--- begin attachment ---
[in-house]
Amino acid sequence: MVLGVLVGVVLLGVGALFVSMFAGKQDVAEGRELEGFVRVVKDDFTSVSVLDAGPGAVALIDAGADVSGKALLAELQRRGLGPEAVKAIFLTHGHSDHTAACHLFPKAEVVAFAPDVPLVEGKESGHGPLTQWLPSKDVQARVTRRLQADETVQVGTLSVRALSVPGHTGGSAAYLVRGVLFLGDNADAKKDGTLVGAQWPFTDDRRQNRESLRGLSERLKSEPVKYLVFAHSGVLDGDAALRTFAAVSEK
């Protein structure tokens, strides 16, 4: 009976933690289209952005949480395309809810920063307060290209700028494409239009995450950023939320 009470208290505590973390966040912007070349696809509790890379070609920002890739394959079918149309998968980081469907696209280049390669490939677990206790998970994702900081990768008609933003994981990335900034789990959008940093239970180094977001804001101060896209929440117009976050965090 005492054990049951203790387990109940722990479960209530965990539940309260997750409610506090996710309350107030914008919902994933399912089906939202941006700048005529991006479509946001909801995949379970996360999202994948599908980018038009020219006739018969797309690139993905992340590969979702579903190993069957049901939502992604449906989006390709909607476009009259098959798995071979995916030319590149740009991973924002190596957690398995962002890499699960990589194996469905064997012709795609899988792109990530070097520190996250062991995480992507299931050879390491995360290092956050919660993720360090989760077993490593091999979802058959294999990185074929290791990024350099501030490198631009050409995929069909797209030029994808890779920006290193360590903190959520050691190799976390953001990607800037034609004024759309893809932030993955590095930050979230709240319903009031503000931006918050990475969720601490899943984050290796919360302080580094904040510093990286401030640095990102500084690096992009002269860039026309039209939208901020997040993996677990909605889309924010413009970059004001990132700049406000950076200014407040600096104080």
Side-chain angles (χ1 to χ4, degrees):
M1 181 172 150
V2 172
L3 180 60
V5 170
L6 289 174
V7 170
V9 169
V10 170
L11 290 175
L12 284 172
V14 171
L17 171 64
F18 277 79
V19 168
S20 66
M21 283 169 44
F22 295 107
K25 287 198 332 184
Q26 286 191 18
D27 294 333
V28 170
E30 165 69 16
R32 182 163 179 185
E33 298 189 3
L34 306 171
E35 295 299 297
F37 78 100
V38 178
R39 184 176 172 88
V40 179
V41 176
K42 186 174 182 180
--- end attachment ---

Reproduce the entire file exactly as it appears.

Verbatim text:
[in-house]
Amino acid sequence: MVLGVLVGVVLLGVGALFVSMFAGKQDVAEGRELEGFVRVVKDDFTSVSVLDAGPGAVALIDAGADVSGKALLAELQRRGLGPEAVKAIFLTHGHSDHTAACHLFPKAEVVAFAPDVPLVEGKESGHGPLTQWLPSKDVQARVTRRLQADETVQVGTLSVRALSVPGHTGGSAAYLVRGVLFLGDNADAKKDGTLVGAQWPFTDDRRQNRESLRGLSERLKSEPVKYLVFAHSGVLDGDAALRTFAAVSEK
């Protein structure tokens, strides 16, 4: 009976933690289209952005949480395309809810920063307060290209700028494409239009995450950023939320 009470208290505590973390966040912007070349696809509790890379070609920002890739394959079918149309998968980081469907696209280049390669490939677990206790998970994702900081990768008609933003994981990335900034789990959008940093239970180094977001804001101060896209929440117009976050965090 005492054990049951203790387990109940722990479960209530965990539940309260997750409610506090996710309350107030914008919902994933399912089906939202941006700048005529991006479509946001909801995949379970996360999202994948599908980018038009020219006739018969797309690139993905992340590969979702579903190993069957049901939502992604449906989006390709909607476009009259098959798995071979995916030319590149740009991973924002190596957690398995962002890499699960990589194996469905064997012709795609899988792109990530070097520190996250062991995480992507299931050879390491995360290092956050919660993720360090989760077993490593091999979802058959294999990185074929290791990024350099501030490198631009050409995929069909797209030029994808890779920006290193360590903190959520050691190799976390953001990607800037034609004024759309893809932030993955590095930050979230709240319903009031503000931006918050990475969720601490899943984050290796919360302080580094904040510093990286401030640095990102500084690096992009002269860039026309039209939208901020997040993996677990909605889309924010413009970059004001990132700049406000950076200014407040600096104080």
Side-chain angles (χ1 to χ4, degrees):
M1 181 172 150
V2 172
L3 180 60
V5 170
L6 289 174
V7 170
V9 169
V10 170
L11 290 175
L12 284 172
V14 171
L17 171 64
F18 277 79
V19 168
S20 66
M21 283 169 44
F22 295 107
K25 287 198 332 184
Q26 286 191 18
D27 294 333
V28 170
E30 165 69 16
R32 182 163 179 185
E33 298 189 3
L34 306 171
E35 295 299 297
F37 78 100
V38 178
R39 184 176 172 88
V40 179
V41 176
K42 186 174 182 180